Effect of instability and bodyweight neuromuscular training on dynamic balance control in active young adults
UNIVERSAL IDENTIFIER: http://hdl.handle.net/11093/1880
EDITED VERSION: https://www.mdpi.com/1660-4601/17/23/8879
UNESCO SUBJECT: 5801 Teoría y Métodos Educativos ; 2406.04 Biomecánica ; 2411.06 Fisiología del Ejercicio
DOCUMENT TYPE: article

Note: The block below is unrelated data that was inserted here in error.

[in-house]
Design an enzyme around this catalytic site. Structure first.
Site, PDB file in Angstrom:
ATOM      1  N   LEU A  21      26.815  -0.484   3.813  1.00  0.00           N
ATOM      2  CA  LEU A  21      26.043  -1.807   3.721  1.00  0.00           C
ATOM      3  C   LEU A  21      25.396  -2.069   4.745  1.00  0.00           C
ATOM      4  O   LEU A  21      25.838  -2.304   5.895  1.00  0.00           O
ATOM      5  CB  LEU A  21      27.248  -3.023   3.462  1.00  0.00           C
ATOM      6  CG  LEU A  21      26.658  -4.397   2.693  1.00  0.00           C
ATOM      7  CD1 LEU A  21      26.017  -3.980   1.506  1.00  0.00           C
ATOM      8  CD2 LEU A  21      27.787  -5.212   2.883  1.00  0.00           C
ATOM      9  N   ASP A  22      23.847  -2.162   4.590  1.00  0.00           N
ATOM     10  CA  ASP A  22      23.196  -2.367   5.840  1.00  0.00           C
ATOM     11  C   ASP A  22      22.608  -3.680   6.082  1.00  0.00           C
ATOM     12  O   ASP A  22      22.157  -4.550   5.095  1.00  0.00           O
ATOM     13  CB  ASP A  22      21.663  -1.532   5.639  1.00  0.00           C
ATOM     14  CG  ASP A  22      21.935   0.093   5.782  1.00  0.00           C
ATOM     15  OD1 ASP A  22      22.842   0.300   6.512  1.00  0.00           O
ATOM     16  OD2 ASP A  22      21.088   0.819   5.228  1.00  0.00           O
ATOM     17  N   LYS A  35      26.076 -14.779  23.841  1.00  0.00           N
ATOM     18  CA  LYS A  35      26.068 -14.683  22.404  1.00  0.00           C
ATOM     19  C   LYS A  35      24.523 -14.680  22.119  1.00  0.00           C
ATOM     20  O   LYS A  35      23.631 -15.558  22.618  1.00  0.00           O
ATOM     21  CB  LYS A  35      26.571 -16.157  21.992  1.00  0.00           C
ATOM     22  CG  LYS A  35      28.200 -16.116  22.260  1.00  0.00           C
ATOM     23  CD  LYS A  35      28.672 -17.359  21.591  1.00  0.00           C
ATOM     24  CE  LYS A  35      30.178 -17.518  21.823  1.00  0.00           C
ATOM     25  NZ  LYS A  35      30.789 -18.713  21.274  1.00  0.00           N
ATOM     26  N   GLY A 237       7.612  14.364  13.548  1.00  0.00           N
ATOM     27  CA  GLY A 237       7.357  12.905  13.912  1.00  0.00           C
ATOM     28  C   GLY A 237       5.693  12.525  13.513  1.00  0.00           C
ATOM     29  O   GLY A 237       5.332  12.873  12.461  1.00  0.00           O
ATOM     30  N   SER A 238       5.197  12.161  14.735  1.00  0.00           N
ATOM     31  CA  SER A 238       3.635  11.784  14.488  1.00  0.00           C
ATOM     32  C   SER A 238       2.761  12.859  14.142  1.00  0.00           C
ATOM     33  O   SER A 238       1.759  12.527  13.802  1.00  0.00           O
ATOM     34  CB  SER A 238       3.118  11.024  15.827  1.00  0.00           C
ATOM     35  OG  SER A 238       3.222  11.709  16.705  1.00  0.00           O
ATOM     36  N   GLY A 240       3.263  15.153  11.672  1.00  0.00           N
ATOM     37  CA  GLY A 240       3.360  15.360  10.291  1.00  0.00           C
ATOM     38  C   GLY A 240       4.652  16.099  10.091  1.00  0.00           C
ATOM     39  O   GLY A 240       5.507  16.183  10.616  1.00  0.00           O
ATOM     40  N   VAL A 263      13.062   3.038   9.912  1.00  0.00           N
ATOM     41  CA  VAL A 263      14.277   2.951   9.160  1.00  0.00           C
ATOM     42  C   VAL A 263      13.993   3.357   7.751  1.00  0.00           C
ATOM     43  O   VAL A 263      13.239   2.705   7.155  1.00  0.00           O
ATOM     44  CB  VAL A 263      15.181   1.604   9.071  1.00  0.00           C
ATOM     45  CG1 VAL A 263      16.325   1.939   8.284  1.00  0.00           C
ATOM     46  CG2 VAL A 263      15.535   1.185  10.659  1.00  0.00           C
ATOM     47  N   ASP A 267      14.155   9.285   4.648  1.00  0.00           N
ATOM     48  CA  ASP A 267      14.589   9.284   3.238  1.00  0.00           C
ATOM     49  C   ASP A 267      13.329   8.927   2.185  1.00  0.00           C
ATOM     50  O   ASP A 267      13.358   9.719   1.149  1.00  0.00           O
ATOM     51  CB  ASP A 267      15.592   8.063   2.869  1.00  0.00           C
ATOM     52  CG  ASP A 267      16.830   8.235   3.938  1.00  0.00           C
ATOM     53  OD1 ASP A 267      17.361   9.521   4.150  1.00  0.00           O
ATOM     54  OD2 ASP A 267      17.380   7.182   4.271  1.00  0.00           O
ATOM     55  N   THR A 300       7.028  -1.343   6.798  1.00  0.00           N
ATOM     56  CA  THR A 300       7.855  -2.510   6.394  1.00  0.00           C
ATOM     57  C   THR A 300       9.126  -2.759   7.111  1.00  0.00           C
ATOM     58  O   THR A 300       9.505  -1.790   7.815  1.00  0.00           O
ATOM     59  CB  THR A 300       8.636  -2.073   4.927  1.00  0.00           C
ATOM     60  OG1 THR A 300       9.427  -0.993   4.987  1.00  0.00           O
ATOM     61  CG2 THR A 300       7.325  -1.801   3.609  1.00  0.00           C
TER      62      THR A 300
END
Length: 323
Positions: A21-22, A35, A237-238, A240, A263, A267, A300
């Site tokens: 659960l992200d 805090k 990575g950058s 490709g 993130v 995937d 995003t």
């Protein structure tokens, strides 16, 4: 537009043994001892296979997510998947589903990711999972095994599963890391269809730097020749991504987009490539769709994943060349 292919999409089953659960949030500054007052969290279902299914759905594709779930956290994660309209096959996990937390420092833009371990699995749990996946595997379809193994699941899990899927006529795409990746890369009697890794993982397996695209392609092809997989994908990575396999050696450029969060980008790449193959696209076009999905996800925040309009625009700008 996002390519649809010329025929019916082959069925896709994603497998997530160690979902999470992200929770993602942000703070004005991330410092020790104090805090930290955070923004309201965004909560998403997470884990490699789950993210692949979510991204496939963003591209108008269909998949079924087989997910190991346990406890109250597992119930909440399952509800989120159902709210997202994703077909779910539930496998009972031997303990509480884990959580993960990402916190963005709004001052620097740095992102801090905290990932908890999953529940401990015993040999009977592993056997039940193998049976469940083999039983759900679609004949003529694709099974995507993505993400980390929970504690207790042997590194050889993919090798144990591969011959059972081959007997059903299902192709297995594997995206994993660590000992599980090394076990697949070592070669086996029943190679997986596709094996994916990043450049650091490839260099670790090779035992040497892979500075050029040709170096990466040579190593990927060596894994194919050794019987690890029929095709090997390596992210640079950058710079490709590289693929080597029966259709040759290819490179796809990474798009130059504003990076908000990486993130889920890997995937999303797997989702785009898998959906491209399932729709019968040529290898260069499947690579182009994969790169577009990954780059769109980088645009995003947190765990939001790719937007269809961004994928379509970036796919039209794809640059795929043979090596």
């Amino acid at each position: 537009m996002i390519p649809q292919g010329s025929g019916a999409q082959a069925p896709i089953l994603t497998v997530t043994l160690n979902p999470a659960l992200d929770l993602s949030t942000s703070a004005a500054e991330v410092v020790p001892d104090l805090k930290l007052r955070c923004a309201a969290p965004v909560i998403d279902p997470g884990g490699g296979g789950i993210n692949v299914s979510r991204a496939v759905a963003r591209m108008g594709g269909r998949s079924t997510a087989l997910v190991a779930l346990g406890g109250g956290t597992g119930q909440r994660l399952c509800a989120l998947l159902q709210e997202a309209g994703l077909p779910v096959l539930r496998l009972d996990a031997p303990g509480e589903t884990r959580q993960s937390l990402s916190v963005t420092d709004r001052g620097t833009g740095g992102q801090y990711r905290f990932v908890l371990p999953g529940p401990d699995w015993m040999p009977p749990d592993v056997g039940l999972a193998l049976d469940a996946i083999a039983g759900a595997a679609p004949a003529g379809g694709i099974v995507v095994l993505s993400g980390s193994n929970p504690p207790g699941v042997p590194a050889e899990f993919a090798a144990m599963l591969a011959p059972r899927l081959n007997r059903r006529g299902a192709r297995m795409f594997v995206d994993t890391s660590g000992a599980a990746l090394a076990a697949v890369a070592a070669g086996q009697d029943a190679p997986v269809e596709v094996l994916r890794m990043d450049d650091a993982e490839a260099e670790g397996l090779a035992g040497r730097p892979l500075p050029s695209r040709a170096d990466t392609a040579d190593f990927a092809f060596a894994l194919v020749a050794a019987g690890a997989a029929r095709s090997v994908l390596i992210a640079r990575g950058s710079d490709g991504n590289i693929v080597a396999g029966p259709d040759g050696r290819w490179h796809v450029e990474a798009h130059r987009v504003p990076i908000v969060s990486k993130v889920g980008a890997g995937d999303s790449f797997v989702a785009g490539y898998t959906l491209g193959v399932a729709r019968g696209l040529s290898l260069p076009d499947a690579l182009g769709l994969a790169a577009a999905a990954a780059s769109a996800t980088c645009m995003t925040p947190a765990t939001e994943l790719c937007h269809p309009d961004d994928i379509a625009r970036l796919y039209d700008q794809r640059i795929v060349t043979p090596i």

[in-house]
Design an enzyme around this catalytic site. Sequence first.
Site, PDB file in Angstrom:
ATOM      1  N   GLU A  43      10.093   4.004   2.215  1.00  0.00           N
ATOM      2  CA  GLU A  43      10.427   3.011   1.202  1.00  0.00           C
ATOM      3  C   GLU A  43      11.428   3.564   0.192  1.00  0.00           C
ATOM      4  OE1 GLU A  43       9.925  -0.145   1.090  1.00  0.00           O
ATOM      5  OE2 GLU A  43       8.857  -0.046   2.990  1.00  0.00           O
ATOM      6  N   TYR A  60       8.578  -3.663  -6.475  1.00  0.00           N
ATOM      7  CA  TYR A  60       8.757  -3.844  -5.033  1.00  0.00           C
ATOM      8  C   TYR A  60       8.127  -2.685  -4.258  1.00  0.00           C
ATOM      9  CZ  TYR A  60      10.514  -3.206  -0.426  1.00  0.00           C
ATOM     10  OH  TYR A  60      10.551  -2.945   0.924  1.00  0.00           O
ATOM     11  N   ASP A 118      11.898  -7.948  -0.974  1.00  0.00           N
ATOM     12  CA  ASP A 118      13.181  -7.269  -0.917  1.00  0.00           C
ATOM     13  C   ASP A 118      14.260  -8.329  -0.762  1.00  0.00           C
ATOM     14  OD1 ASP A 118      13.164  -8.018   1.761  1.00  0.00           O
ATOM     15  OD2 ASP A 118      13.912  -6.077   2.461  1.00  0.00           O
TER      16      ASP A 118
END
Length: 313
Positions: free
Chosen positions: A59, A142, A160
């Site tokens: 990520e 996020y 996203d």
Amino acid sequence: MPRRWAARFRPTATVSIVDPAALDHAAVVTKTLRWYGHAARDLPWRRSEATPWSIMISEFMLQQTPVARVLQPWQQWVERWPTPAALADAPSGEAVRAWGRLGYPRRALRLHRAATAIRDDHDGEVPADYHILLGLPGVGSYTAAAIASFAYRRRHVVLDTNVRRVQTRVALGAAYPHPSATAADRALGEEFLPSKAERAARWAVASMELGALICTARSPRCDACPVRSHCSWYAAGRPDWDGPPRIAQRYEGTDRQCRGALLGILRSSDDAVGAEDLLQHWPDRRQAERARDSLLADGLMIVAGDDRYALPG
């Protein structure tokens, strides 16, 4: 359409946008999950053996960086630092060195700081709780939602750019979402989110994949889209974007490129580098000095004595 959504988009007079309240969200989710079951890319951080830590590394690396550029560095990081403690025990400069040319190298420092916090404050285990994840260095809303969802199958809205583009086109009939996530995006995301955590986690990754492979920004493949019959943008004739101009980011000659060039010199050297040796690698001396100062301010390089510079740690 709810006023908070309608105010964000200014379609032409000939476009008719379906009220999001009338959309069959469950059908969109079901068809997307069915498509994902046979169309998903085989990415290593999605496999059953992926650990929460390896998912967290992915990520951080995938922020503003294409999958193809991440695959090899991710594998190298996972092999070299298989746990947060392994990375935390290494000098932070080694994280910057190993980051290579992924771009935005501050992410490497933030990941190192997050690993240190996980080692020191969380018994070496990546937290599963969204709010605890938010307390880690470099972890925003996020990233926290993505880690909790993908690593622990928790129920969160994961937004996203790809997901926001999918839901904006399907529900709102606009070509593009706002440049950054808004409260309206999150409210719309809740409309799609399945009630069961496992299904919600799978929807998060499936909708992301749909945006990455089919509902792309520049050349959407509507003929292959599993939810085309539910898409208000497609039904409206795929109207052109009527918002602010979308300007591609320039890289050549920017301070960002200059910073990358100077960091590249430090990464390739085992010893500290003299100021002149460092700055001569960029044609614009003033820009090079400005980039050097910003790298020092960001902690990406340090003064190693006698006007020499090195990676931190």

The aims of this study were to analyse the effects of unstable and stable bodyweight neuromuscular training on dynamic balance control and to analyse the between-group differences after the training period. Seventy-seven physically active young adults (48 males, 29 females, 19.1 ± 1.1 years, 170.2 ± 9.2 cm, 64.1 ± 10.7 kg) were distributed into an unstable training group (UTG), a stable training group (STG), and a control group (CG). Training was conducted three times a week for nine weeks. Pre-intervention and post-intervention measures included dynamic balance control using a Y Balance Test (YBT), anterior (A), posteromedial (PM), and posterolateral (PL) reach direction. A mixed ANOVA was executed to test the within-subjects factor and the between-subjects factor. Statistically significant differences were found for all YBT measures within groups (p = 0.01) and between groups (p = 0.01). After the intervention, UTG and STG presented meaningfully improved results in all YBT measures (A: 7%, p = 0.01; 4%, p = 0.02, PM: 8%, p = 0.01; 5%, p = 0.01, PL: 8%, p = 0.01; 4%, p = 0.04, respectively). No statistical changes were found for any of the measures in the CG. After the intervention, significant differences were observed between the UTG and CG for the YBTA and PM (p = 0.03; p = 0.01). The results suggest that neuromuscular training using an unstable surface had similar effects on dynamic balance control as training using a stable surface. When compared to CG, UTG showed better performance in YBTA and PM.
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